The Newspaper Association of America was busy lobbying for the future of journalism last quarter.
The organisation, which represents just about 2,000 U.S. newspapers worldwide, spent $440,000 appealing to lawmakers on Capitol Hill on issues ranging from postal rates and estate taxes to new media models and the future of journalism, according to the Associated Press.
Where did all that money go?
In September, before their directors meeting, nine board members participated in a “Lobby Day,” attending 20 meetings with senators and representatives on key committees in Washington.
These are the groups they lobbied, according to the AP:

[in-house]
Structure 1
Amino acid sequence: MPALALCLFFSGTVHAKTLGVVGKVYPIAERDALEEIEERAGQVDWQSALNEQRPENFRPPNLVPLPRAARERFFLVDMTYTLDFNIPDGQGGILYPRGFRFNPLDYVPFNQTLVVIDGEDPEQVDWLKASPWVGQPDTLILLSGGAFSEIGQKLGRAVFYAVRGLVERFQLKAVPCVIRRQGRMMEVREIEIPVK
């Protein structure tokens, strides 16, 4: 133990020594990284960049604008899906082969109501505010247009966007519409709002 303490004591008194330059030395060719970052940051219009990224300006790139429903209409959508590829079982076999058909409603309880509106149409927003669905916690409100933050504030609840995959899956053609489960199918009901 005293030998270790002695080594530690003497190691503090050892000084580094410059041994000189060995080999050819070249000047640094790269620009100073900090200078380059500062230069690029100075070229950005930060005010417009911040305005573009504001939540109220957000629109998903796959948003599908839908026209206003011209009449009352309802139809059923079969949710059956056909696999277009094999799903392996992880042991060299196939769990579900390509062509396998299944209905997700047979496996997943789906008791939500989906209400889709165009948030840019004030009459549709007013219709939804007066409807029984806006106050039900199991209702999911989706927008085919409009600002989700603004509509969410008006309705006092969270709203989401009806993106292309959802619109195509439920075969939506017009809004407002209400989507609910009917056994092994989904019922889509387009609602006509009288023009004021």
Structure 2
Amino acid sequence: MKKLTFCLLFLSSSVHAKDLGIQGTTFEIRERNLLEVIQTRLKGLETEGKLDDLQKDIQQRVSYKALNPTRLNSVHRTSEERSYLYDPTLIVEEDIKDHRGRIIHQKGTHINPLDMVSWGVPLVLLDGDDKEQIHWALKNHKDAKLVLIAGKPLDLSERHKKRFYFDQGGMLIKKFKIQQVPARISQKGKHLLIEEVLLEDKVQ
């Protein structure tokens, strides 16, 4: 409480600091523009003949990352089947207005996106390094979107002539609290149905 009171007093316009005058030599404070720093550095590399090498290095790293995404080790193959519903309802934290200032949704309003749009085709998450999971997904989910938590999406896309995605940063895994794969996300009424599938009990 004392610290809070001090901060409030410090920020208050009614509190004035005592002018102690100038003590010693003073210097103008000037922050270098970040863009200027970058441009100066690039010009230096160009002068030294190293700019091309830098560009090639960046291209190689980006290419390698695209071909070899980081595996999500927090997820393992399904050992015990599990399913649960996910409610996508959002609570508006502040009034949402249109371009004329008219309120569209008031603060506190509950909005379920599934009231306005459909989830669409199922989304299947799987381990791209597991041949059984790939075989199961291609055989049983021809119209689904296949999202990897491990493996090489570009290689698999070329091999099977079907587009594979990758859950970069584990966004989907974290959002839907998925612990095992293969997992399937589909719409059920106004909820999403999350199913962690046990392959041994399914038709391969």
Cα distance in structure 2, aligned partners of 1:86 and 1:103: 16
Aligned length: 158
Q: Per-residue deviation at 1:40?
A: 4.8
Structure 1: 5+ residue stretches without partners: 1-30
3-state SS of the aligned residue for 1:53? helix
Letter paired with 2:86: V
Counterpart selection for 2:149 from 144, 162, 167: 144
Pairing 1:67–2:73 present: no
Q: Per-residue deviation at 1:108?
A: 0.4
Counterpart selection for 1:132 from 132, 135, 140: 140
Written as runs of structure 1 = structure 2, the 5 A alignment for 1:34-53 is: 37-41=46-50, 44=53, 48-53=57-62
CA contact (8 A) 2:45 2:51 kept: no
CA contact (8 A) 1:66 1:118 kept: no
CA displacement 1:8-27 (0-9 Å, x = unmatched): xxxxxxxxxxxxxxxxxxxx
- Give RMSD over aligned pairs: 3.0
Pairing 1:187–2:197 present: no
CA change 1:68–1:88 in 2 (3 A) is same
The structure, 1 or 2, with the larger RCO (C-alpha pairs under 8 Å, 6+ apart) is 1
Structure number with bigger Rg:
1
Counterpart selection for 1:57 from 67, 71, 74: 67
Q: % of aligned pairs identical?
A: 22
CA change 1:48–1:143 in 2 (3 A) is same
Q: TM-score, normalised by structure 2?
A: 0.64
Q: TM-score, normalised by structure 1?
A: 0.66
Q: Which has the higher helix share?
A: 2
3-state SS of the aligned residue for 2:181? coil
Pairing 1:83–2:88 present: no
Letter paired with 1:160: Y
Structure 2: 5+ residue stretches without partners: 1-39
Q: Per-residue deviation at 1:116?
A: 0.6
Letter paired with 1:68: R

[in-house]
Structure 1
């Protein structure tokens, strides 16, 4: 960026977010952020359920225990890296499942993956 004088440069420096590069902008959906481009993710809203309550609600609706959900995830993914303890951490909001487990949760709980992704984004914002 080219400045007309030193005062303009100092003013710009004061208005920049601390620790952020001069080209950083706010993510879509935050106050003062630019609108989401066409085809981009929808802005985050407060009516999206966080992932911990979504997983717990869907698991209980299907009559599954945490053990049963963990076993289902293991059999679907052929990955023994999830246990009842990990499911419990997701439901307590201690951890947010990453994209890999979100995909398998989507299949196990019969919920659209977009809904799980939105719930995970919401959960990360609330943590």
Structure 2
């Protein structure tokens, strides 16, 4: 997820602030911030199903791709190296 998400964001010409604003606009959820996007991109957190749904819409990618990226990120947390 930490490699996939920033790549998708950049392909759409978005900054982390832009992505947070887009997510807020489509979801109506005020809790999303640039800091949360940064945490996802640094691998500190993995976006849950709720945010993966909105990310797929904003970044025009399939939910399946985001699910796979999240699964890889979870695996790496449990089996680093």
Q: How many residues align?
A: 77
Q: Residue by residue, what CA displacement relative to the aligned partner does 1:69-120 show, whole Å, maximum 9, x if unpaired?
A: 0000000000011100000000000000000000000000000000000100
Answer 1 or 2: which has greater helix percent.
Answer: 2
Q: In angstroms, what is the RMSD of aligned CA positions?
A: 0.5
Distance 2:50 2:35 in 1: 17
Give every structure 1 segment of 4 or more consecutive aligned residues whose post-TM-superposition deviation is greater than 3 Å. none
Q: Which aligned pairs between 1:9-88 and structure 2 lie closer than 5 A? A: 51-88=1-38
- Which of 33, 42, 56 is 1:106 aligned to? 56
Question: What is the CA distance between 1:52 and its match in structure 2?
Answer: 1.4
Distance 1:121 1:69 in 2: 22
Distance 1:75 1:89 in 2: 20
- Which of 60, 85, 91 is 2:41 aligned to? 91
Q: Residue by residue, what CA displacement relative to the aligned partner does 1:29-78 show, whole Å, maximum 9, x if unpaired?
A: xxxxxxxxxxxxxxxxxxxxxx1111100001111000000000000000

- U.S. Senate
- House of Representatives
- Federal Communications Commission
- Federal Trade Commission
- U.S. Postal Service
- Department of Justice
As the NAA notes on the Public Policy section of their website: “Discussions during the meetings focused on issues that are critical to the newspaper industry including extending the net operating loss carryback to five years, pension reform, the possible introduction of privacy legislation which could have implications for online behavioural advertising and the need for a federal shield law. The meetings allowed newspaper owners to not only communicate with members of Congress on NAA’s public policy priorities but also provided them the opportunity to describe what their own companies were doing to confront the challenges facing their businesses.”
That same week, on Sept. 24, NAA President and CEO John Sturm testified before the Joint Economic Committee in a hearing titled, “The Future of Newspapers: The Impact on the Economy and Democracy.”
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